More has started to emerge about whether the IDF’s targeting media antennas and
buildings in the last Gaza war was legal. So although it will still take some
time for the picture to fill out, the debate is on regarding at least six
The International Federation of Journalists (IFJ) is
encouraging a UN investigation and accusing Israel of deliberately targeting
journalists, while Israel claims it was targeting terrorists or military
IFJ Human Rights representative Ernest Sagaga said that even if
terrorists were using an antenna on a building or if there were terrorists in
the building, the IDF still could not attack media facilities if there were
innocent journalists inside.
The IDF has claimed that Hamas was using an
antenna the army attacked on top of a media building on November 18, and that
four Islamic Jihad terrorists were in a building it attacked on November
Sagaga based his claim on language from Protocol I to the Fourth
Geneva Convention and UN Resolution 1738, which say that civilians remain
protected as long as they themselves (as opposed to third parties) do not take
any action adversely affecting their civilian status.
At the same time,
he said the IFJ “would unreservedly condemn any attempts” by third parties “to
endanger the safety of journalists by turning their place of work into a
military target,” while indicating that the IFJ had no evidence that terrorists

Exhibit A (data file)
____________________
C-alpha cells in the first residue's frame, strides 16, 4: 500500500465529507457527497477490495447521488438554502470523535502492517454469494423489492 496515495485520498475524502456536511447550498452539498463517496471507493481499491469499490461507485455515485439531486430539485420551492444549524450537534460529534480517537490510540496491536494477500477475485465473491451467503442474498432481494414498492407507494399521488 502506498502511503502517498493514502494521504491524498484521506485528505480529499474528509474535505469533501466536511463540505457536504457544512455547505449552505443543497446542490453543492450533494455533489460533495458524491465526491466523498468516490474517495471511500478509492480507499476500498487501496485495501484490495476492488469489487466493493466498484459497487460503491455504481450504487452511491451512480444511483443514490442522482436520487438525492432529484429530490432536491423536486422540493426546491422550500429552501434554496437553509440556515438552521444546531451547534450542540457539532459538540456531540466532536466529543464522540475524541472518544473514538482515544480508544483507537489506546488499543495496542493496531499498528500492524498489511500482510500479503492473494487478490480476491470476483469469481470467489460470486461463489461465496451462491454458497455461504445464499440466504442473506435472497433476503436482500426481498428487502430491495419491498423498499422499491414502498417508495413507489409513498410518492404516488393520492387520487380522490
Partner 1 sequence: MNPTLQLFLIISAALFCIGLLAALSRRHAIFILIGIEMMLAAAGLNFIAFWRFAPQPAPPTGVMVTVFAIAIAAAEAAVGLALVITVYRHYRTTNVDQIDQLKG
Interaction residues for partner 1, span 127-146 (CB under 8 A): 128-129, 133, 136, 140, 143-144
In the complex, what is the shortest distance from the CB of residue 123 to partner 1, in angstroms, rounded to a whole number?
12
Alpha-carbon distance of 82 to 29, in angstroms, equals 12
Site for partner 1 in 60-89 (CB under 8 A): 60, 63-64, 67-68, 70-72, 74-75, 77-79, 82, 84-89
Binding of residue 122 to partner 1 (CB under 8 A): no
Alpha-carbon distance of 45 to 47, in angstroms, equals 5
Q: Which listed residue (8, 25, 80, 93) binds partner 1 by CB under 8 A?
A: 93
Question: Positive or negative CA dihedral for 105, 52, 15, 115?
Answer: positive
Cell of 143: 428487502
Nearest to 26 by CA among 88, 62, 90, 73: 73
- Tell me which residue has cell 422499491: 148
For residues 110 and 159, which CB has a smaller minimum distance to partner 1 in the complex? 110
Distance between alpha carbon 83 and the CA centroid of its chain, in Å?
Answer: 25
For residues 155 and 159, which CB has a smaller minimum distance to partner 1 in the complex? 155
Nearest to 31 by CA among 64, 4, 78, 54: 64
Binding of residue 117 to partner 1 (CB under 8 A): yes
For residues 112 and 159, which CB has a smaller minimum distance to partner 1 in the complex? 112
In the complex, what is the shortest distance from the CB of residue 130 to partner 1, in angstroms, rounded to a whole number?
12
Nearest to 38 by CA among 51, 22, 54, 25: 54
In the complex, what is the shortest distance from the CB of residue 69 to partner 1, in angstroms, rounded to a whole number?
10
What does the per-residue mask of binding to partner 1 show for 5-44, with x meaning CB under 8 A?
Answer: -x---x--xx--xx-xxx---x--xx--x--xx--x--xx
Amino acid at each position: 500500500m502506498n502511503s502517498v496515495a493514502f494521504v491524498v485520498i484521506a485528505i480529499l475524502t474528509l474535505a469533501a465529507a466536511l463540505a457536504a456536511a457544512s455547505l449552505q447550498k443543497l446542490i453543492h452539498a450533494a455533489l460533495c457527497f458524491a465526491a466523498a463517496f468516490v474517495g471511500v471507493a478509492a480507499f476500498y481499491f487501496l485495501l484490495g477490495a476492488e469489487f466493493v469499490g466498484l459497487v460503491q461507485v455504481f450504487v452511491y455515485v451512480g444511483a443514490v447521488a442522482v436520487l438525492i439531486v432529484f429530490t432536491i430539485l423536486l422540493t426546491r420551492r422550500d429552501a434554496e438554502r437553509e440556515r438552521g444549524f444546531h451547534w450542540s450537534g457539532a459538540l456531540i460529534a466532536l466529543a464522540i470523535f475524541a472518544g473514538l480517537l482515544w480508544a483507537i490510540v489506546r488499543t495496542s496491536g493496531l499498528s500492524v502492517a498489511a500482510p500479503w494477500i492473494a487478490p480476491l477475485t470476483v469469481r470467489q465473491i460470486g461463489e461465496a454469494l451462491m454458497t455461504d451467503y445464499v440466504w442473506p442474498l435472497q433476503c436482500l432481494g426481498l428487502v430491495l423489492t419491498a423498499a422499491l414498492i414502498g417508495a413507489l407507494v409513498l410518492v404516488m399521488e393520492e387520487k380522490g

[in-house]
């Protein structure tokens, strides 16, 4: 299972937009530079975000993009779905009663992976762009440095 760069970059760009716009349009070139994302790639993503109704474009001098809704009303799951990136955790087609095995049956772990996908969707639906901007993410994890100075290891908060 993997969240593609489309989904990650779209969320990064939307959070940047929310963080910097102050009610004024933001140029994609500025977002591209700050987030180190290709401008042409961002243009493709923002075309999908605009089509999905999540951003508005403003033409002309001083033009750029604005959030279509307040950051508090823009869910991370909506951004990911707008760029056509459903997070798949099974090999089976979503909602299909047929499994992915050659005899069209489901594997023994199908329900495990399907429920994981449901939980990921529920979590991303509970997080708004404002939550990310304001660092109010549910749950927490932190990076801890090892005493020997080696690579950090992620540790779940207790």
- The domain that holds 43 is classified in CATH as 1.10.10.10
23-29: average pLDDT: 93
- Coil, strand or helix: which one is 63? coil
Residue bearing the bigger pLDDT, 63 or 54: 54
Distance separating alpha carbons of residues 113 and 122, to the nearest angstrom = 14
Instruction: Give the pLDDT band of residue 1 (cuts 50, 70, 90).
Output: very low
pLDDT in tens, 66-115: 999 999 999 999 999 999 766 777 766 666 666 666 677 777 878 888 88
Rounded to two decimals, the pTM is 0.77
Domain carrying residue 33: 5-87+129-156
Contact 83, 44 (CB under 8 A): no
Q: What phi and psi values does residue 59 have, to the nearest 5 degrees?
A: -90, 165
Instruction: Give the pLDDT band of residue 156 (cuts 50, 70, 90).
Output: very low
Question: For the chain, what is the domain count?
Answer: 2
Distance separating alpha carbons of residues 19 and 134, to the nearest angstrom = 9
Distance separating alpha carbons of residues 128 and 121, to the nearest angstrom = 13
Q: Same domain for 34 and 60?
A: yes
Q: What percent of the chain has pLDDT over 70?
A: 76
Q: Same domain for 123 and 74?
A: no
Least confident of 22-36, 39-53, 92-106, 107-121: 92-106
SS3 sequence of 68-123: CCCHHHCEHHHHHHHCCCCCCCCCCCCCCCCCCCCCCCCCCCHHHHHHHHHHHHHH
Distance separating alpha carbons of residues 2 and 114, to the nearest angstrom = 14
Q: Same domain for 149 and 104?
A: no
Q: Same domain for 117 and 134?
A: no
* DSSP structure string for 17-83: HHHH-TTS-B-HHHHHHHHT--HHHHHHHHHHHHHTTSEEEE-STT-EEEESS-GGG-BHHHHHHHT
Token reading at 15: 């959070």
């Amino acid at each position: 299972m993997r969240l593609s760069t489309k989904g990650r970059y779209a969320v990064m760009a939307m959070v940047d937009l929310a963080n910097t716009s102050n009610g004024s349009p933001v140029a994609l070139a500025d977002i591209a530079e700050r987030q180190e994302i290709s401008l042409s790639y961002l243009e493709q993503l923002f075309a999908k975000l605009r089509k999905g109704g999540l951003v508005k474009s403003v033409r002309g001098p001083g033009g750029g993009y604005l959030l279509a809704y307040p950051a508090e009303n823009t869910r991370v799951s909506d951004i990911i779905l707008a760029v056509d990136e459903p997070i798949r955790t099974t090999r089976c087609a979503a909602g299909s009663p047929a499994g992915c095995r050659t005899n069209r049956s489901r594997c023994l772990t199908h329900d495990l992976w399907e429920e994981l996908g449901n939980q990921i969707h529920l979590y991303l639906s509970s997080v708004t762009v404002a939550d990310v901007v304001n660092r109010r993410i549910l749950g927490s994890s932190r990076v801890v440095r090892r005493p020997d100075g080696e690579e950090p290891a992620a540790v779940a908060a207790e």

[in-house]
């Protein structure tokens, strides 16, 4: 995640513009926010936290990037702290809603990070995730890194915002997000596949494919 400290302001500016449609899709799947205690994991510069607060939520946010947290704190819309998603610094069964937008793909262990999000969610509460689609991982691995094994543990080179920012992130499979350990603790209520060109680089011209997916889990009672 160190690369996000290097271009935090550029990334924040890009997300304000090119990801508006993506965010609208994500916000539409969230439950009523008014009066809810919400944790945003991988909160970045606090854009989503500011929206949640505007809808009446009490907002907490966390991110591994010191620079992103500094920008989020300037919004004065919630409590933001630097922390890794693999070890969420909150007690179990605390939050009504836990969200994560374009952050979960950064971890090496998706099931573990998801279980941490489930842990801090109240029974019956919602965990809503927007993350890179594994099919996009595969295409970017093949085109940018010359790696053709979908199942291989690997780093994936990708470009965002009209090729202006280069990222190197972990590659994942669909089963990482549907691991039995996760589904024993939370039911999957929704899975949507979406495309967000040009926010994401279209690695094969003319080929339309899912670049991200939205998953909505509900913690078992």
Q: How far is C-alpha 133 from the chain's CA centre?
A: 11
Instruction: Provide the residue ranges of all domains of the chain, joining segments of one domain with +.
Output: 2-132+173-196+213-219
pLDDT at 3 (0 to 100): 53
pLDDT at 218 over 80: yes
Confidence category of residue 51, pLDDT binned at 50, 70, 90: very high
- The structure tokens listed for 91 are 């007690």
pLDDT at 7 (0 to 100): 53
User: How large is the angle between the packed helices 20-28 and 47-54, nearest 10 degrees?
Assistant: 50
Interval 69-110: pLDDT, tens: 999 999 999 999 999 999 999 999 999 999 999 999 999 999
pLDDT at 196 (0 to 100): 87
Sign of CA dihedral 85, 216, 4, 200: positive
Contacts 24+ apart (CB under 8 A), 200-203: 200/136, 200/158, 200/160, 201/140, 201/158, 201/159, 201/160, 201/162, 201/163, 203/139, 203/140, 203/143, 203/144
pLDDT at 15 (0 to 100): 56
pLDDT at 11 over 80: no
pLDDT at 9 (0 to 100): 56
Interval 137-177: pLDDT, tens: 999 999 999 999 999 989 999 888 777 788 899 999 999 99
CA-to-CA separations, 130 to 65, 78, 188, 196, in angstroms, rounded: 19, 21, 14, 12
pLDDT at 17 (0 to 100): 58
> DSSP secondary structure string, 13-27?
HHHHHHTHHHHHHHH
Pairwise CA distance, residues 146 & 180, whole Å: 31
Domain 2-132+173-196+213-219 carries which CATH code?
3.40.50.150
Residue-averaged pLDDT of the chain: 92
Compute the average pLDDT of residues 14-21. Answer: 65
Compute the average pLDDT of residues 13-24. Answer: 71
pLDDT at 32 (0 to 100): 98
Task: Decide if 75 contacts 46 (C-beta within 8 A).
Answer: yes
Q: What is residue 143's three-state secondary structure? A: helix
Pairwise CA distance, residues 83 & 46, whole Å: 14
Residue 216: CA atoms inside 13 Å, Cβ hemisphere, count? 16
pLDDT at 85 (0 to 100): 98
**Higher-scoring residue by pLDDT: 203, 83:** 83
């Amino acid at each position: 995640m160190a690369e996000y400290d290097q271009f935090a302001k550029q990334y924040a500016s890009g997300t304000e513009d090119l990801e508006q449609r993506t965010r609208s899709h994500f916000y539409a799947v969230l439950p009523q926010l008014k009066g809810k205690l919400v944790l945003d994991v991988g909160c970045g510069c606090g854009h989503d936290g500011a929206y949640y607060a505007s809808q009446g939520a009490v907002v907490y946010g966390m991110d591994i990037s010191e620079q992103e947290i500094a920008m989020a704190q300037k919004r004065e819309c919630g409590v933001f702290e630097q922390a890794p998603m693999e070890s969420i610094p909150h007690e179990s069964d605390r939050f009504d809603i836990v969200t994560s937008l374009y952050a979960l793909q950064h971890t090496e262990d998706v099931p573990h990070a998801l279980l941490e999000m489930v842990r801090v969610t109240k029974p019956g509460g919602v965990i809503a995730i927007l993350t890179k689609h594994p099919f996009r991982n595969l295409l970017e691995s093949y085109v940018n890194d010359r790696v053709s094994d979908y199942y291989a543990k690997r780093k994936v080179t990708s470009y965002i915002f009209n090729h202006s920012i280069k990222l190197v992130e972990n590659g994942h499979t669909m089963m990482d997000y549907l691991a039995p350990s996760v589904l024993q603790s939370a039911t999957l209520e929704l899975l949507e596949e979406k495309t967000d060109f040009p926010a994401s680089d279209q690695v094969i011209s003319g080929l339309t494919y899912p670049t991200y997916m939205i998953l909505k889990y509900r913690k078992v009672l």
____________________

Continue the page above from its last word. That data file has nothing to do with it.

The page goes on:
were inside media facilities during the disputed incidents.
for the IFJ would be: Is it really capable of knowing all the time whether
terrorists have clandestinely infiltrated its facilities? This is an especially
tough question if, as the IDF claims, some Gaza journalists play journalist and
terrorist alternately – a claim the IFJ has vehemently denied.
the IDF claim that terrorists were using the building’s civilian status to hide
themselves or their use of the building’s antennas behind journalists as “human
shields,” Sagaga said the “claim raises more questions than it offers answers
to, such as what role the army considered these ‘terrorists’ were playing inside
He may have been alluding to the argument of some legal
scholars that if there was no evidence that the terrorists were engaged in
combat and were merely meeting, even targeting them in a civilian media facility
might have violated the proportionality principle.
The argument goes that
even a military target may not be targeted if the risk to civilians at that
moment outweighs the military advantage.
He said that “everyone will
agree that a missile, however surgical and precise, will not just hit the
antenna and bounce back in the air. It will most likely take out chunks of the
buildings and cause serious risk of harm to those inside.”
As such, he
said, “the IDF defense would command more credibility if, at the very least,
they had warned those inside those buildings to evacuate before launching their
The IDF said it always issues warnings, but the IFJ said there
had been no warning of this particular attack.
Assuming that terrorists
were in the targeted building on November 19, the IDF can respond that
International Committee of the Red Cross commentary to Article 28 of the Fourth
Geneva Convention makes it clear that if an adversary uses human shields, one
can attack the adversary anyway, provided that the proportionality rule is